The conference was organized around three demands: legalization of all immigrants, residency with civil and labor rights, and a halt to raids, deportations, and other acts of intimidation.
In the middle of an economic crisis that threatens the jobs, homes, and health of families, undocumented immigrants are being made the scapegoat by politicians and commentators, said Rosi Carrasco, a conference organizer and member of the Latino Organization of the Southwest, in opening the plenary session. But we are not responsible for the crisis. We have the right to be recognized as residents, to have papers, and to choose citizenship. Fundamentally we have the right to dignity.
We need to work to get the unions to support the May Day actions this year, said Jorge Mújica, a leader of the March 10 Movement and organizer for the United Electrical Workers. He pointed to several examples in the Chicago area where workers have successfully fought company attempts to fire workers over Social Security no-match letters.
At Wheatland Tube, a Chicago manufacturer of tubing and conduit, workers belonging to the United Steelworkers union have prevented the company from firing 63 workers with supposed discrepancies in their Social Security numbers, according to Héctor Gómez, a worker at the plant. For two years the company has been trying to fire these workers, Gómez said. Some have 17 years seniority, and the company wants to replace them with lower-paid new hires.
Twenty-five young people, most of them high school students, participated in a workshop on youth involvement in the immigrant rights struggle. Workshop participants are planning an April 12 citywide gathering where young people who want to organize for the May 1 march can come and speak out and learn, said Tania Unzueta, 24.
A panel took up immigrant rights and the elections. Speakers were Socialist Workers Party candidate for U.S. president Róger Calero, Green Party candidate for U.S. Congress in Illinois District 4 Omar López, and Shaun Harkin from the International Socialist Organization.
Later in the conference Mújica listed the positions of all the Democratic and Republican party candidates in the presidential election, pointing out that all of them support the border wall and none of them call for legalization of the undocumented.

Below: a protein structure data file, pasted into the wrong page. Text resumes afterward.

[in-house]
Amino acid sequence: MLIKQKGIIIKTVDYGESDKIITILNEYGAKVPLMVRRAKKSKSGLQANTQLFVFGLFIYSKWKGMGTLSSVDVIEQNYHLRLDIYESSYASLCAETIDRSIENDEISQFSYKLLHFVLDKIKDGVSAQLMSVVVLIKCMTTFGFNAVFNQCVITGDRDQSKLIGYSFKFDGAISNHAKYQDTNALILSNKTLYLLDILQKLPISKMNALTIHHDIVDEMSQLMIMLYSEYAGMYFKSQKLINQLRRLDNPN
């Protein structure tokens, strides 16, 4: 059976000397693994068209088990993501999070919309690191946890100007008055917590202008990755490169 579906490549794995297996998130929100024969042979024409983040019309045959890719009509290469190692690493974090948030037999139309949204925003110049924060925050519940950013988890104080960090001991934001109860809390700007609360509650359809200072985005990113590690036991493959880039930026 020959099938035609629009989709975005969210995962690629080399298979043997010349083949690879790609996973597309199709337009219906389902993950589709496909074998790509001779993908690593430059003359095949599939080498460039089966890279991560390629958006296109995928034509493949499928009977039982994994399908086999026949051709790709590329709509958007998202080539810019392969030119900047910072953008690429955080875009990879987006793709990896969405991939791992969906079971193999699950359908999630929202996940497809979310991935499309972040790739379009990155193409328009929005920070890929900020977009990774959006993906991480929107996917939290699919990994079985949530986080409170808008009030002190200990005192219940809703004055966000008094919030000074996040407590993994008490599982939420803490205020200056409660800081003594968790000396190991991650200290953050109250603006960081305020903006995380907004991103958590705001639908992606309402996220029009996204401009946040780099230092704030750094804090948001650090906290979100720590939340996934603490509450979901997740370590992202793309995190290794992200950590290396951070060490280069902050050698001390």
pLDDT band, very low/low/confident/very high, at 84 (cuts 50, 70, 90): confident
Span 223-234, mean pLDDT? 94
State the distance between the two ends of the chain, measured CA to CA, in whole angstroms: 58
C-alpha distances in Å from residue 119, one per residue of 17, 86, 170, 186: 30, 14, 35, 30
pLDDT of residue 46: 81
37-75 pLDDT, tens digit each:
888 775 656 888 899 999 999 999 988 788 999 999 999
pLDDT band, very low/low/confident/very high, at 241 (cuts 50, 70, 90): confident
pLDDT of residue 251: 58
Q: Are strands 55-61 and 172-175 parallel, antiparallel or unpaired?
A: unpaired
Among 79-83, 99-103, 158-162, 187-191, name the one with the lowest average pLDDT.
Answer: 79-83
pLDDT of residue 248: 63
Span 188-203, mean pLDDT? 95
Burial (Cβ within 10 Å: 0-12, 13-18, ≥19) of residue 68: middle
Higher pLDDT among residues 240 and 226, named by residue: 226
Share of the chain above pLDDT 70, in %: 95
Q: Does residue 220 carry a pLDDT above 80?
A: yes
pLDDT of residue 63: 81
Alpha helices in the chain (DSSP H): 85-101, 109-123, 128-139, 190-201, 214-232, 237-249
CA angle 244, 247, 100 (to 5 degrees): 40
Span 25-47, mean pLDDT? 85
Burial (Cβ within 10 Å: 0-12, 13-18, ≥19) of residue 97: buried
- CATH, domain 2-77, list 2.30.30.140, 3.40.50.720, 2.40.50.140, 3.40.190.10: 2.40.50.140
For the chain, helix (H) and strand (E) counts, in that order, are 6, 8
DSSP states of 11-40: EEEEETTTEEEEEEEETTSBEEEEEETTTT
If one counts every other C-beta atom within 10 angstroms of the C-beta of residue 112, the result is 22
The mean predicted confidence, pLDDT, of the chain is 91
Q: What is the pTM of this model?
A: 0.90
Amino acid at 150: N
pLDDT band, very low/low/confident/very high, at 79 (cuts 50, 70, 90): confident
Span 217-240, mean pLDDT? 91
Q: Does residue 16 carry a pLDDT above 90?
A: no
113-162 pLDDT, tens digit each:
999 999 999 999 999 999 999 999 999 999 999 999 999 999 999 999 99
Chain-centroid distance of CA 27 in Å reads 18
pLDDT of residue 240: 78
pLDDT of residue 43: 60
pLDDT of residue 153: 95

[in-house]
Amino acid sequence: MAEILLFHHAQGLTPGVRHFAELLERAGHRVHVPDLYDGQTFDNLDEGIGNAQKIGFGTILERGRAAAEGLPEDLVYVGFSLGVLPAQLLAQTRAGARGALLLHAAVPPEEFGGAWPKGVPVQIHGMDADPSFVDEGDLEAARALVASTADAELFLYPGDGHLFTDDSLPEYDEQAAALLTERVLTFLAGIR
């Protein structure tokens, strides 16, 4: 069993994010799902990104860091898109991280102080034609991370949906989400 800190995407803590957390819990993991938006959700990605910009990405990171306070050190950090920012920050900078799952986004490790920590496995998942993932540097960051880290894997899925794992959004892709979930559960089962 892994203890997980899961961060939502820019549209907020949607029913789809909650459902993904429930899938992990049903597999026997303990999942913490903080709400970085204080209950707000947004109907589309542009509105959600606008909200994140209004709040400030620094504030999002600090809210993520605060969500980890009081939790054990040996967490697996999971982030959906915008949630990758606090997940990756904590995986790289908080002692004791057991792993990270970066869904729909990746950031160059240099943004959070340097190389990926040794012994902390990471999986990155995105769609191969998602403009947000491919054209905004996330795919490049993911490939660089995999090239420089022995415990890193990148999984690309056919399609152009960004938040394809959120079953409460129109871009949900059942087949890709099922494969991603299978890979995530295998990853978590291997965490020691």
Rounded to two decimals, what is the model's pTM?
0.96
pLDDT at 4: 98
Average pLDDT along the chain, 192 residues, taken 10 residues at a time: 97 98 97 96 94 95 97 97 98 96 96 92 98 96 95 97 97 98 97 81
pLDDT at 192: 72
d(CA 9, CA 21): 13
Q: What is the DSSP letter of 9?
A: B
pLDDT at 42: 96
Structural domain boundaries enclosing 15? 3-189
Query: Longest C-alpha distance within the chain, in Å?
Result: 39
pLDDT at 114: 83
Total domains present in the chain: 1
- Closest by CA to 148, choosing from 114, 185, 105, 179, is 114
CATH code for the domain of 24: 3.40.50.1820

Workshops were also held on the fight against racism, the North Atlantic Free Trade Agreement (NAFTA), fighting anti-immigrant laws, and the impact of the war on the fight for legalization.
A workshop on organizing a Washington, D.C., lobby day May 1 discussed a proposal for legislation that would give five-year renewable visas to undocumented workers. Emma Lozano of Chicago immigrant rights organization Sin Fronteras (Without Borders) said the Congressional Hispanic Caucus is expected to introduce this legislation in March. Jesse Diaz, a professor at University of Illinois Chicago, urged delegations from major cities where May Day marches are organized to be part of the lobbying effort in Washington. Others spoke to the need to keep organizing visible actions in the streets.
I havent been to one of these meetings before, but I went to the march last year and I came to the conference when I heard about it, said Rosalba Priego from Chicago. We shouldnt be pessimistic, we need to keep doing this. We have the opportunity, we have the political strength, and we cannot be seen as victims.
The conference concluded with a call to unions, community organizations, and activists to organize a massive march on May Day in Chicago, with the participation of workers and immigrants from all the Midwest states, and to organize local demonstrations across the Midwest.
Immigrant workers plan May 1 march in Houston
Workers in Virginia protest bill empowering local cops to enforce federal immigration law
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